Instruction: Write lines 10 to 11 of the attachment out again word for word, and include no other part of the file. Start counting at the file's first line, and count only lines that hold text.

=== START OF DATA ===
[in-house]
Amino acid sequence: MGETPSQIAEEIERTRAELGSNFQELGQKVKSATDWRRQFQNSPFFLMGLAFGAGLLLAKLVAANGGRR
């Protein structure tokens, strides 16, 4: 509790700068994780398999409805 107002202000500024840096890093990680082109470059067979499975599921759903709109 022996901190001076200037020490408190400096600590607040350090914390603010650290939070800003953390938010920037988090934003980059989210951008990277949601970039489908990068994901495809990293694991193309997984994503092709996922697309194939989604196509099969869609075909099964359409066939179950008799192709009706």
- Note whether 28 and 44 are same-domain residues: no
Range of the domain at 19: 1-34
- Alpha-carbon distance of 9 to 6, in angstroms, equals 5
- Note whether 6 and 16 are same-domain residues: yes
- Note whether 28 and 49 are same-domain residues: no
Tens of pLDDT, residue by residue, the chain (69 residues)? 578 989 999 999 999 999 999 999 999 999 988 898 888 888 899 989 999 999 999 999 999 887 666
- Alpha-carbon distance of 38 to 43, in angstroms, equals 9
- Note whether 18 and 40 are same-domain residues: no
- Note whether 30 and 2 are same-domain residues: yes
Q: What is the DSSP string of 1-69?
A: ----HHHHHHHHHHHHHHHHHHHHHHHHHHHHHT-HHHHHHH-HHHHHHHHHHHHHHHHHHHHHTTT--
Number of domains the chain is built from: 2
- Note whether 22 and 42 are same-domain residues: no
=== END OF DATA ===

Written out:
- Alpha-carbon distance of 38 to 43, in angstroms, equals 9
- Note whether 18 and 40 are same-domain residues: no